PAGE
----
See also: SASANIAN EMPIRE and entries for the individual rulers.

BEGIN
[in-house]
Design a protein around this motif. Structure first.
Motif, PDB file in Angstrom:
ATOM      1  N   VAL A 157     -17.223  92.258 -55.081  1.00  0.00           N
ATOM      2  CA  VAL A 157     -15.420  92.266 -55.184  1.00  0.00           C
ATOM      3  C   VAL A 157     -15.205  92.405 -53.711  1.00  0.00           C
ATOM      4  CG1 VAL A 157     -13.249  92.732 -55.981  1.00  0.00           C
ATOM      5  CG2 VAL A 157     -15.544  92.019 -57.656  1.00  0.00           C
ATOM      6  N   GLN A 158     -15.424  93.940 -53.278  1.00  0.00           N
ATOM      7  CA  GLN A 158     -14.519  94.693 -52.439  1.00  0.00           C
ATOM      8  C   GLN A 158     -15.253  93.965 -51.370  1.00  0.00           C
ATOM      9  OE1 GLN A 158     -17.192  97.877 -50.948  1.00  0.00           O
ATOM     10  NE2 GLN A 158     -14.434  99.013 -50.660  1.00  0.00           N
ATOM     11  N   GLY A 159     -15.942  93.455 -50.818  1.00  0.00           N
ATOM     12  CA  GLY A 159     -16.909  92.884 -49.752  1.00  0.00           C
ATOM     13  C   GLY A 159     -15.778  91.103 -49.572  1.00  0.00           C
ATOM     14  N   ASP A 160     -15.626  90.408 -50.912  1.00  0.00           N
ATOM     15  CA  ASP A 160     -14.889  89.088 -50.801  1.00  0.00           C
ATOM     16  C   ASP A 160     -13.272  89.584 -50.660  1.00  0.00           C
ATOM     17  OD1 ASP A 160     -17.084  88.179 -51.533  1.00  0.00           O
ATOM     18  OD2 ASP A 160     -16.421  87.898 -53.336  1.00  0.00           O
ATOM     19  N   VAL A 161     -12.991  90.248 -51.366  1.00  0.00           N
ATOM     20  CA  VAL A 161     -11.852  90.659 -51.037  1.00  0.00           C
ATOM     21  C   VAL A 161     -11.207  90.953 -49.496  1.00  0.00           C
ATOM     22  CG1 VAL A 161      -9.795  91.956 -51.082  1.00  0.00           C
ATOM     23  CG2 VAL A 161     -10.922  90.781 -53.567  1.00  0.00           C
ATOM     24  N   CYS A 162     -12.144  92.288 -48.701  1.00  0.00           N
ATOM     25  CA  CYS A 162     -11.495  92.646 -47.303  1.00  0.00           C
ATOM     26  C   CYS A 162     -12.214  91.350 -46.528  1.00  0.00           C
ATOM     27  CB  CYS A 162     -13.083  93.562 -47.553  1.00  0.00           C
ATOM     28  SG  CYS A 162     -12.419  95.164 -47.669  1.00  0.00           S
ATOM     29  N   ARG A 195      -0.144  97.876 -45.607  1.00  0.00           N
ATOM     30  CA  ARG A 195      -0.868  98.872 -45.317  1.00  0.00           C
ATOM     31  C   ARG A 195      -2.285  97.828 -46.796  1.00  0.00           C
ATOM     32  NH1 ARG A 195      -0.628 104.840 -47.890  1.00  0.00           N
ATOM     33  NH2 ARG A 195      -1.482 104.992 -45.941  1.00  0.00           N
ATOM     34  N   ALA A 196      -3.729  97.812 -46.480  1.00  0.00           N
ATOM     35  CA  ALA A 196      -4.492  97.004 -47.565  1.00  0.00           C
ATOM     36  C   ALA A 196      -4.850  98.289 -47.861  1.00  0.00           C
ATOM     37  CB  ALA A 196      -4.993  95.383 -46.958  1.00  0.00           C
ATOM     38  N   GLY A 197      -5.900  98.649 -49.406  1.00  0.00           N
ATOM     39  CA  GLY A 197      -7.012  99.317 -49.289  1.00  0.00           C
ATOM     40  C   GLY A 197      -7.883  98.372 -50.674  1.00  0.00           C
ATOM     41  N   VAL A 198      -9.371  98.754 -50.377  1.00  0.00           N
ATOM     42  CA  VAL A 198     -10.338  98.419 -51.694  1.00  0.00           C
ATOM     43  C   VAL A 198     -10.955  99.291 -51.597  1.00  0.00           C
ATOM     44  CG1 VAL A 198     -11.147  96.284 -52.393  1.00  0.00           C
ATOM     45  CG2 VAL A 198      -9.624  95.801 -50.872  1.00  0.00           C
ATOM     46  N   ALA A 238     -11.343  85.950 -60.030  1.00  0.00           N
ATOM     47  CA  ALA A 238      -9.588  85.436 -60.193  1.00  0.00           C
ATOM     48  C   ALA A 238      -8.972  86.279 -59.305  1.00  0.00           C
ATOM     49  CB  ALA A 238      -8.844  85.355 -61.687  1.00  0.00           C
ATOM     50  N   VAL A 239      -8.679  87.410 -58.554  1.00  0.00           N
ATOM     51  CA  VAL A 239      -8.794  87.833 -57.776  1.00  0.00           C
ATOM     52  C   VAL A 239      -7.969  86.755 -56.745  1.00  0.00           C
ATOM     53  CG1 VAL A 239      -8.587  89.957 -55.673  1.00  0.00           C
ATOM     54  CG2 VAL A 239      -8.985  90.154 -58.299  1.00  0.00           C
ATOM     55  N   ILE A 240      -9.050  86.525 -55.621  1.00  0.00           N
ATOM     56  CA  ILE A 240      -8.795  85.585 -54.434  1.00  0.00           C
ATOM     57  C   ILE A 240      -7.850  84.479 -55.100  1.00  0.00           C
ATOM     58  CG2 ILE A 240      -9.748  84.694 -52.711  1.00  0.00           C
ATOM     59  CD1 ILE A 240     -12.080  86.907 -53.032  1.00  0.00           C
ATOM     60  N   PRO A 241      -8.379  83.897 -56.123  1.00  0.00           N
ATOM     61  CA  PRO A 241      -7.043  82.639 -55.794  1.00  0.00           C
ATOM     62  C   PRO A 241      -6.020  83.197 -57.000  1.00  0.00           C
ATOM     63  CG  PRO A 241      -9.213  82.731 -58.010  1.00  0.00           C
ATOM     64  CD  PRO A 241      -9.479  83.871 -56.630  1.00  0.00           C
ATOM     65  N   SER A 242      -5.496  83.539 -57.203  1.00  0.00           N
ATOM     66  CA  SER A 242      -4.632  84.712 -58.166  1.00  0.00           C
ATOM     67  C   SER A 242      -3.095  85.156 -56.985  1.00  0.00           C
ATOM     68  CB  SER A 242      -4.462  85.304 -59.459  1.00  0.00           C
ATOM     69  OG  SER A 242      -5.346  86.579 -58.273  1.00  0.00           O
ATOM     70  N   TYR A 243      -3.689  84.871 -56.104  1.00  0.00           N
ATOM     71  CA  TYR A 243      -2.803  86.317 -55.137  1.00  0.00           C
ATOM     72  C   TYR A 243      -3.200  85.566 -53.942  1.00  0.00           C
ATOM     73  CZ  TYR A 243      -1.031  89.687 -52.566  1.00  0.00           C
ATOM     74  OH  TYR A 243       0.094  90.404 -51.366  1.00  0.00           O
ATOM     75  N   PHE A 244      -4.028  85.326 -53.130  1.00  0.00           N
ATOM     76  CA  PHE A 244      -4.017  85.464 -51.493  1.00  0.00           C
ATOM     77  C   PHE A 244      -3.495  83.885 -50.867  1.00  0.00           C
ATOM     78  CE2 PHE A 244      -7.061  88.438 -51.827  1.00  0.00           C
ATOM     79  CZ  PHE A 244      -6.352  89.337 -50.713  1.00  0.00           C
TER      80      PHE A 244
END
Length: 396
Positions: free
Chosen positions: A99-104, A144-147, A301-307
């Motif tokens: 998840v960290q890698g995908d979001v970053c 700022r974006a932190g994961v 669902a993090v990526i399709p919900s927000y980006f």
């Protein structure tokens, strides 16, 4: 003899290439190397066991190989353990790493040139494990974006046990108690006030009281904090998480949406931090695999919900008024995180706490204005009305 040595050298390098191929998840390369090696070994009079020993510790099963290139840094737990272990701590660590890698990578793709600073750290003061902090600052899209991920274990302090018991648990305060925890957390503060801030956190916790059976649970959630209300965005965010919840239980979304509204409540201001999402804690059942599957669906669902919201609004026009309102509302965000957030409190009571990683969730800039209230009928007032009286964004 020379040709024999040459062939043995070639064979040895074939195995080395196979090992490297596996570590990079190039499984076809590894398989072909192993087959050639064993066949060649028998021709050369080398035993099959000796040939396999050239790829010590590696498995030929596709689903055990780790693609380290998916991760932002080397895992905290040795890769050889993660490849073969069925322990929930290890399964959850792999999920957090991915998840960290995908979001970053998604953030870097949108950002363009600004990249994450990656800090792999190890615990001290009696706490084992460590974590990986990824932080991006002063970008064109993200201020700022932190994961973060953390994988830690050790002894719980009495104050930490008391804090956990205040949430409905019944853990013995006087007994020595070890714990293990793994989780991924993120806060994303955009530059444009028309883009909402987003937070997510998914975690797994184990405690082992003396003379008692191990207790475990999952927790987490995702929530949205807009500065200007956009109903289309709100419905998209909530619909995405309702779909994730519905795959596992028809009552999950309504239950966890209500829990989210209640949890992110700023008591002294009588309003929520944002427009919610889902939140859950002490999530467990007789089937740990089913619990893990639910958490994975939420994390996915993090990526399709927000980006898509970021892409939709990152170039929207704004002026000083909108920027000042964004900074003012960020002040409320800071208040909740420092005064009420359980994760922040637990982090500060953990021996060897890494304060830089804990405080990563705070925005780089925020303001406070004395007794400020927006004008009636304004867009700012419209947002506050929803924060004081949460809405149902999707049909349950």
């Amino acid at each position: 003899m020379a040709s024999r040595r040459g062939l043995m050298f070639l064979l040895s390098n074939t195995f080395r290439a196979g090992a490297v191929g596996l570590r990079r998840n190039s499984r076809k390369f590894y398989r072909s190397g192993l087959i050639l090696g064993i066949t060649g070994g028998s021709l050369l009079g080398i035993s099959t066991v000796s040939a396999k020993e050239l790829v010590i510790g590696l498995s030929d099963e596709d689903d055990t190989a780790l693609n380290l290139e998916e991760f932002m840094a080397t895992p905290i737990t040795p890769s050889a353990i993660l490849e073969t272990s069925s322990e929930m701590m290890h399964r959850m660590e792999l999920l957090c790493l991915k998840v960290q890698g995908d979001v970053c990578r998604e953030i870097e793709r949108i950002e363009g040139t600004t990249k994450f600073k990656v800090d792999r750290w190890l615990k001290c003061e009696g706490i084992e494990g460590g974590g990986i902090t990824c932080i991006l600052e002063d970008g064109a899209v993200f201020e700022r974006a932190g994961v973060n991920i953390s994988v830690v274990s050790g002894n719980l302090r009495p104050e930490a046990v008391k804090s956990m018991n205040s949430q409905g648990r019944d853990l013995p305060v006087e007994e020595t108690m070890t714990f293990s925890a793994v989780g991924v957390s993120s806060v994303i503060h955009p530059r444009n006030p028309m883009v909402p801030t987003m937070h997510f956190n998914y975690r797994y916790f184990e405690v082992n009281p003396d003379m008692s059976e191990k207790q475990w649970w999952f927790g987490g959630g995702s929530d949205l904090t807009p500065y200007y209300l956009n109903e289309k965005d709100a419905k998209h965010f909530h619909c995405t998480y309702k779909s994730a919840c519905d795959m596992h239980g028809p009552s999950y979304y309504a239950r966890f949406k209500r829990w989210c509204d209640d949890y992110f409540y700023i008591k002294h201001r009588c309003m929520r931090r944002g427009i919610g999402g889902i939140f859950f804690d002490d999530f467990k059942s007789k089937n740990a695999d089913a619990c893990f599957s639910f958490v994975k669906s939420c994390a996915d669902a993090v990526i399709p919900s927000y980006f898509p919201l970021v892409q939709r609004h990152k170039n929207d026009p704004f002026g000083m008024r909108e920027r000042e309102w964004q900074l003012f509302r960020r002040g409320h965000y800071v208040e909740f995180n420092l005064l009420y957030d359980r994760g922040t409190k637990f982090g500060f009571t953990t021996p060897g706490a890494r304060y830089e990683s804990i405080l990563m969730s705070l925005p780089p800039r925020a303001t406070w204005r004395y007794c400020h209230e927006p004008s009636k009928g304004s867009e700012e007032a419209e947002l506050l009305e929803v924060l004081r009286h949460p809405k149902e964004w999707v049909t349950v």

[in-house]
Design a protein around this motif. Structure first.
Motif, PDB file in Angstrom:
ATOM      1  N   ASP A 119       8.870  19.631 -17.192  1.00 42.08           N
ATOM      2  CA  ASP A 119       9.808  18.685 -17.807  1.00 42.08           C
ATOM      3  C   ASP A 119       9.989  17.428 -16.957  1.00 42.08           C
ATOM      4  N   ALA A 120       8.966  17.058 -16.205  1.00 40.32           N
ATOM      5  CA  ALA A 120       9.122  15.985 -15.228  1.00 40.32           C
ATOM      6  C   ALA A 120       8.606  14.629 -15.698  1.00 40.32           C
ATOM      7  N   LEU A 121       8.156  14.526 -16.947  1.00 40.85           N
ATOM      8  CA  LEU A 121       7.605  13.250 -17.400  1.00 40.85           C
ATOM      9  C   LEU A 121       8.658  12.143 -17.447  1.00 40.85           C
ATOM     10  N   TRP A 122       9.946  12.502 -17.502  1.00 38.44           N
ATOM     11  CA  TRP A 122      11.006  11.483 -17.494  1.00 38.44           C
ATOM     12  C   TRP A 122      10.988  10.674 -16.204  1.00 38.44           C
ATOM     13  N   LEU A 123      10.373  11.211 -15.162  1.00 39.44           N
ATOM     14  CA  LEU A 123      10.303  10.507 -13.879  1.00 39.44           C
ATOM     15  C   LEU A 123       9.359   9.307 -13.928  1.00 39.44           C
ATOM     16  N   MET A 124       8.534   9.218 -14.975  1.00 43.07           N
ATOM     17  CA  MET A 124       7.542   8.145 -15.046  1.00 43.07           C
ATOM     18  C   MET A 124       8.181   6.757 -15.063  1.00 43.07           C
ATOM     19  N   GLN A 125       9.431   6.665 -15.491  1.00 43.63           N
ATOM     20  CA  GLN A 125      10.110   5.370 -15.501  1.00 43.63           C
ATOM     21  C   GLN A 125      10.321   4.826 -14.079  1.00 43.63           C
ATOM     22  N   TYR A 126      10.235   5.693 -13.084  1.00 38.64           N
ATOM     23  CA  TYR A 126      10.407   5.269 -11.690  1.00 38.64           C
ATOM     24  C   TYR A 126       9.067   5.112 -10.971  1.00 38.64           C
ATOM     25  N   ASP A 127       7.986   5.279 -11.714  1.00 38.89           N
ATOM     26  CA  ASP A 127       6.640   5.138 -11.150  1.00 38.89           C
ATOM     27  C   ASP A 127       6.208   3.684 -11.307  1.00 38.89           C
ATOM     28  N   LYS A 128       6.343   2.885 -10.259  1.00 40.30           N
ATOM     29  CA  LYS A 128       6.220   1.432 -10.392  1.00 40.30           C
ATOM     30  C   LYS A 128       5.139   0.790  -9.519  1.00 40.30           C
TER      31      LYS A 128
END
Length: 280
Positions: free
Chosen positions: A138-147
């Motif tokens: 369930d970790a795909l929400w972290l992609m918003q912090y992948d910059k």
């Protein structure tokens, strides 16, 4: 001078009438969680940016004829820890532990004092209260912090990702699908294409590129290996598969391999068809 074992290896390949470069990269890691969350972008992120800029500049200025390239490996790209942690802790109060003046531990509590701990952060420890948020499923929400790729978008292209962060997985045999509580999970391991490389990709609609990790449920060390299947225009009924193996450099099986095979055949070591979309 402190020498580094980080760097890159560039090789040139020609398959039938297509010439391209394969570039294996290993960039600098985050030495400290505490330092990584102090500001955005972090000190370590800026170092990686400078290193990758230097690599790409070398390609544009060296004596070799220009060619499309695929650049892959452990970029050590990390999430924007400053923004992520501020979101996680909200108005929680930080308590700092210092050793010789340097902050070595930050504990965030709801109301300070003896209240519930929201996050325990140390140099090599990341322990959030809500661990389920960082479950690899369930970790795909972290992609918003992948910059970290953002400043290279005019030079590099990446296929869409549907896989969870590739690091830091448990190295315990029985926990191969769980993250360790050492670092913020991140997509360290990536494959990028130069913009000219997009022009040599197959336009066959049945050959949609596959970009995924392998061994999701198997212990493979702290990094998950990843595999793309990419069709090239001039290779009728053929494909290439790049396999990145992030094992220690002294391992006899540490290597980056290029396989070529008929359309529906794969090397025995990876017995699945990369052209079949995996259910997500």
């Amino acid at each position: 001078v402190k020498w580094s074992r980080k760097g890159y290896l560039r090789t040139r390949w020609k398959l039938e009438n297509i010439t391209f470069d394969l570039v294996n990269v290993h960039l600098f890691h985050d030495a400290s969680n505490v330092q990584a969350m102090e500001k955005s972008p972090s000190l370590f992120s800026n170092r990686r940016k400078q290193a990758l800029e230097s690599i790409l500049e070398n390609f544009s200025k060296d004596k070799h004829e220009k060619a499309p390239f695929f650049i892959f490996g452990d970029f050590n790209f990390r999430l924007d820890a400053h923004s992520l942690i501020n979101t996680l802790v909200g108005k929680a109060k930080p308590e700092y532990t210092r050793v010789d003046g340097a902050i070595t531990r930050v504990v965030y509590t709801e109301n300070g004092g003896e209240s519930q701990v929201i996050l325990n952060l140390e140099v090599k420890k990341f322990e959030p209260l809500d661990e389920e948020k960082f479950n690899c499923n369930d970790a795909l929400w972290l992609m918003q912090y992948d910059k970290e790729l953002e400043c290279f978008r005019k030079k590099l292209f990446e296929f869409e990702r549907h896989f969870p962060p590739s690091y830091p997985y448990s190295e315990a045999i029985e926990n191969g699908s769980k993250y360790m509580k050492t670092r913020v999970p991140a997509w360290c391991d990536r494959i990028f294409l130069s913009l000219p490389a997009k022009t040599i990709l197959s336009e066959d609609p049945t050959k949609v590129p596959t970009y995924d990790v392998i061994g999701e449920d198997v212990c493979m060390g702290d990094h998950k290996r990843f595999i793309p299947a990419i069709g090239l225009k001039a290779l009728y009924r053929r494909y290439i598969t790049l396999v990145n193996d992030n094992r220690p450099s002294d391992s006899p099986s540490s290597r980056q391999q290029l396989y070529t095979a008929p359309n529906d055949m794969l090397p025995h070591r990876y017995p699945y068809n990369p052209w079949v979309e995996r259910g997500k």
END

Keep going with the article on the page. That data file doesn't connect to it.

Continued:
Bibliography: For works not cited in the bibliography see the "Short References and Abbreviations of Books and Periodicals" in EIr. I. General surveys of the sources of Sasanian history include: F. Justi in Grundriss II, pp. 512-13; Christensen, Iran. Sass., pp. 50-83; Widengren, Camb. Hist. Iran III, pp. 1269-89; Frye, 1984, pp. 287-91; Wiesehofer, 1996, pp. 283-87; Morony, 1995, pp. 80-83; Morony, 1984, pp. 541-42, 545-65, 575-77; and Cereti, 1995-97. The bibliography of the entry BYZANTINE-IRANIAN RELATIONS provides a list up to 1985 related to Sasanian political history. Useful anthologies of sources on the same subject are given in annotated translation in Dodgeon and Lieu, 1991 and 2002. The best modern overview of the Sasanian period, with excellent bibliographical essays, is Wieseh÷fer, 2001, pp. 153-221, 276-300, 309.